9. Hello again IamEnough. I think what you feel is very normal and very common. I found that even though I am still nowhere near being happy again, I am able to take responsibility for my own feelings. I may not be expressing this very well, but I no longer rely on my relationship to provide happiness. I don't know when, if or how that will come back, but I'm working on it. In the meantime I have found a hobby, outside of the house and I go every week for one evening, and it is my special time. I don't have to think about the past, the future, the kids, my husband anything. Is there any way you could do something similar? I go to a local college as these are now allowed to be open (educational setting). There are courses on everything from baking to photography, or yoga, crafting etc. I have made new friends who know nothing of my problems, so it's easy conversation. I think this has kept my - at times very thin - grip on sanity. I hope you find some peace. I know how important that is. x
  10. Hi ElleS. I'm new here too. Welcome to the forum. There is so much good advice, and much more importantly, understanding on here. It's worth its weight in gold. I hear you about violence being easier to explain. I told my husband I wished he was an alcoholic (obviously I don't) but the secrecy is such an added burden. I know even my closest friend would be shocked, and unable to keep it to herself, so it all gets bottled up. As far as anyone knows it was a one night stand and we're having counselling for it. What no-one sees is the deep despair that in fact it's something that has been going on for years and I have no control over. I too have teen/twenties children and I sometimes have to bite my tongue in case I scream at them "Your father's a bloody sex addict". I find it so hard because we separated for nearly a year, but the kids seem to think I'm overreacting to be so upset over a 'one-off'. So I'm the bad guy, So glad I've found here to vent on. I cried writing my first post a few days ago, but all I've found is understanding and support. I'm sure you will too. Take care of yourself x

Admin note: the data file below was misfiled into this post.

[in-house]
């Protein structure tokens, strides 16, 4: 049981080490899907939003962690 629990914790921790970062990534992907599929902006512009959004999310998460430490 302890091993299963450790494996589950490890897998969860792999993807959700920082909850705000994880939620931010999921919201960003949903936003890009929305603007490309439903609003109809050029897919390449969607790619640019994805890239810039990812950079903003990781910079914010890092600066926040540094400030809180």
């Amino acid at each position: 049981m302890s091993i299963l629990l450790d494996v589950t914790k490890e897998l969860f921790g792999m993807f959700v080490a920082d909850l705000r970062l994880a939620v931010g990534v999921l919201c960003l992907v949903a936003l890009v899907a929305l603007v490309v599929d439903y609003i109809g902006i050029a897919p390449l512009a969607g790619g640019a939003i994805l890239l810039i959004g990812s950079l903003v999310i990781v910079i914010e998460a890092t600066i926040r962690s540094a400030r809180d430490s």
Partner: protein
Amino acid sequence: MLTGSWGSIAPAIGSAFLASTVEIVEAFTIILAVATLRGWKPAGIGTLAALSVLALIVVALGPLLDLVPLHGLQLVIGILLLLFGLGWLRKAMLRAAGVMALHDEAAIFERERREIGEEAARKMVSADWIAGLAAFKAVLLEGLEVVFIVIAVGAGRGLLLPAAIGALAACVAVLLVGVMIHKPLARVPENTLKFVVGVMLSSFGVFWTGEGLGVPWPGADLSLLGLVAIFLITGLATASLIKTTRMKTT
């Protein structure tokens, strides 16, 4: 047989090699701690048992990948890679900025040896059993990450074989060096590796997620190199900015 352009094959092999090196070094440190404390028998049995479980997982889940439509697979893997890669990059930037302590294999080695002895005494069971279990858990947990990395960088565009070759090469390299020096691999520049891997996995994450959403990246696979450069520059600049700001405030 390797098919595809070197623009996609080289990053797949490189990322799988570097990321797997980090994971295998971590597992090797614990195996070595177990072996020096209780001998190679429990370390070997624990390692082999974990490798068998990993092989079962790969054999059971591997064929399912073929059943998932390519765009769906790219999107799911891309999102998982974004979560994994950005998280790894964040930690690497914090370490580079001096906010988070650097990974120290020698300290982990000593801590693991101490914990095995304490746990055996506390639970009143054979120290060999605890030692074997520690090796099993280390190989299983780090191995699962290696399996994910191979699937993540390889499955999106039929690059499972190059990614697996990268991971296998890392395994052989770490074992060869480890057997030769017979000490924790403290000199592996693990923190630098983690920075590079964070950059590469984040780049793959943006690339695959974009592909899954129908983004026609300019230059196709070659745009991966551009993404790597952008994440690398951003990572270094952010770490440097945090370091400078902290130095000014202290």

11. Hi Emma, I'm new to this forum too, but hopefully can give you a little comfort. My husband went on a 12 step programme and did one meeting a week as well as several weekly phone calls. Even though he was fully committed it took him two or three months to get a sponsor.. Apparently sponsors want to know you are serious about recovery. As long as he is working on his steps I think that is what's important. Look after yourself.
  12. I totally agree with ElleS. Having to drag out everything that has happened slowly over many weeks or months is like repeatedly pulling the scab off a healing wound. My husband said it was because he was scared I'd leave him if he admitted everything when I first asked, but all it did was make our problems much worse because it got to the stage where I couldn't believe a word he was saying. At first he admitted 'only' porn. Weeks later when I found out about the prostitutes he said it was 'only' hand jobs. I didn't believe him because of all the previous lying. This meant that I had to go through the torture of visiting a local sexual health clinic at the hospital and the indignity of sobbing in the waiting room and crying uncontrollably in front of so many health workers. He avoided this because he knew that part was the truth. I could have avoided this if he'd been honest in his earlier disclosures.